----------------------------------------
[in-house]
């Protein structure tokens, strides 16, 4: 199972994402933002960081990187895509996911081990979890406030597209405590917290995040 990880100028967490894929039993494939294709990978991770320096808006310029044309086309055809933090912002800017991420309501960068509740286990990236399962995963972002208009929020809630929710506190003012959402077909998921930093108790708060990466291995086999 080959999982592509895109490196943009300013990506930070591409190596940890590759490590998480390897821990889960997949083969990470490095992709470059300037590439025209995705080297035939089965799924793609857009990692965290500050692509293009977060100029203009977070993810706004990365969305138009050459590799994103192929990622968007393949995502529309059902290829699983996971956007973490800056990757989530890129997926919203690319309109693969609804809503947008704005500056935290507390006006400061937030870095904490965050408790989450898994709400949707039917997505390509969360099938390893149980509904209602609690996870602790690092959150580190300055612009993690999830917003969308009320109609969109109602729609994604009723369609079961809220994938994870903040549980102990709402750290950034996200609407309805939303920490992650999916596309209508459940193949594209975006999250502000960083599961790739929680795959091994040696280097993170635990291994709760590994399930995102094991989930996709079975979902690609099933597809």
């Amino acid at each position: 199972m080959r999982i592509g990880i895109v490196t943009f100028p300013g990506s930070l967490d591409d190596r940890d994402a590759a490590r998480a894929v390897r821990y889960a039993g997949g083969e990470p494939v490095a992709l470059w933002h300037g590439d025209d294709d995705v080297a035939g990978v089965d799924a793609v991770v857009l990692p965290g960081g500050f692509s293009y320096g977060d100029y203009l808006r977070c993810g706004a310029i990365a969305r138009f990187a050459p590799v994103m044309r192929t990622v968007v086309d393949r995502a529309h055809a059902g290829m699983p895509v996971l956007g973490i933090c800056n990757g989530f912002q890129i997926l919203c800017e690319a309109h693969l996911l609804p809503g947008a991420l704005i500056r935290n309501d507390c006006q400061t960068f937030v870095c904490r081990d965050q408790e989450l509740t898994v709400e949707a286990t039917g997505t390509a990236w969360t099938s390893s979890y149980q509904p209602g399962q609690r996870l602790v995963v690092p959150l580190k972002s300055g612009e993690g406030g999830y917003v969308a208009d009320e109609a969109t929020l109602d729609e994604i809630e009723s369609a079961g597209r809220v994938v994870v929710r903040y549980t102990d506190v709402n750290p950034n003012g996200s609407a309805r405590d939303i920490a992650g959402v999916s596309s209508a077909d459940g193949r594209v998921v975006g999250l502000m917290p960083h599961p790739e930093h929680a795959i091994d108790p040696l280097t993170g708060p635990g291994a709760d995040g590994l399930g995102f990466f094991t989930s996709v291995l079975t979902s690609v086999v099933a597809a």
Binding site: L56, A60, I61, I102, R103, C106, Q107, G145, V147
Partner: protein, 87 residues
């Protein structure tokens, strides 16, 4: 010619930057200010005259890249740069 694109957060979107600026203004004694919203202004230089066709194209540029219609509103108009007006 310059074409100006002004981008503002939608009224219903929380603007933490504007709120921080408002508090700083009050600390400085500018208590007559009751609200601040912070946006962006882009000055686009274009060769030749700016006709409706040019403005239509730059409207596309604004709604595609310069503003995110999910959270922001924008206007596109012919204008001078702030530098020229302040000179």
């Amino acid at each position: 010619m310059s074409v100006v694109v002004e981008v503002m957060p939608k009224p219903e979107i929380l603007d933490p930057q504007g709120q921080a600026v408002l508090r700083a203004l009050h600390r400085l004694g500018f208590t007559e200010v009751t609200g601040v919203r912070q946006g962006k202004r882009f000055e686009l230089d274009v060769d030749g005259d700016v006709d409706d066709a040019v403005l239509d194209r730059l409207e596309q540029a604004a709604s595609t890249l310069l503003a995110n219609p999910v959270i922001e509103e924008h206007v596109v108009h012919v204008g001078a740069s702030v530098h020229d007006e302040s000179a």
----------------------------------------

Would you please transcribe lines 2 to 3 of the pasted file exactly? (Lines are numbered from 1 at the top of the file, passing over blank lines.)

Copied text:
């Protein structure tokens, strides 16, 4: 199972994402933002960081990187895509996911081990979890406030597209405590917290995040 990880100028967490894929039993494939294709990978991770320096808006310029044309086309055809933090912002800017991420309501960068509740286990990236399962995963972002208009929020809630929710506190003012959402077909998921930093108790708060990466291995086999 080959999982592509895109490196943009300013990506930070591409190596940890590759490590998480390897821990889960997949083969990470490095992709470059300037590439025209995705080297035939089965799924793609857009990692965290500050692509293009977060100029203009977070993810706004990365969305138009050459590799994103192929990622968007393949995502529309059902290829699983996971956007973490800056990757989530890129997926919203690319309109693969609804809503947008704005500056935290507390006006400061937030870095904490965050408790989450898994709400949707039917997505390509969360099938390893149980509904209602609690996870602790690092959150580190300055612009993690999830917003969308009320109609969109109602729609994604009723369609079961809220994938994870903040549980102990709402750290950034996200609407309805939303920490992650999916596309209508459940193949594209975006999250502000960083599961790739929680795959091994040696280097993170635990291994709760590994399930995102094991989930996709079975979902690609099933597809």
């Amino acid at each position: 199972m080959r999982i592509g990880i895109v490196t943009f100028p300013g990506s930070l967490d591409d190596r940890d994402a590759a490590r998480a894929v390897r821990y889960a039993g997949g083969e990470p494939v490095a992709l470059w933002h300037g590439d025209d294709d995705v080297a035939g990978v089965d799924a793609v991770v857009l990692p965290g960081g500050f692509s293009y320096g977060d100029y203009l808006r977070c993810g706004a310029i990365a969305r138009f990187a050459p590799v994103m044309r192929t990622v968007v086309d393949r995502a529309h055809a059902g290829m699983p895509v996971l956007g973490i933090c800056n990757g989530f912002q890129i997926l919203c800017e690319a309109h693969l996911l609804p809503g947008a991420l704005i500056r935290n309501d507390c006006q400061t960068f937030v870095c904490r081990d965050q408790e989450l509740t898994v709400e949707a286990t039917g997505t390509a990236w969360t099938s390893s979890y149980q509904p209602g399962q609690r996870l602790v995963v690092p959150l580190k972002s300055g612009e993690g406030g999830y917003v969308a208009d009320e109609a969109t929020l109602d729609e994604i809630e009723s369609a079961g597209r809220v994938v994870v929710r903040y549980t102990d506190v709402n750290p950034n003012g996200s609407a309805r405590d939303i920490a992650g959402v999916s596309s209508a077909d459940g193949r594209v998921v975006g999250l502000m917290p960083h599961p790739e930093h929680a795959i091994d108790p040696l280097t993170g708060p635990g291994a709760d995040g590994l399930g995102f990466f094991t989930s996709v291995l079975t979902s690609v086999v099933a597809a």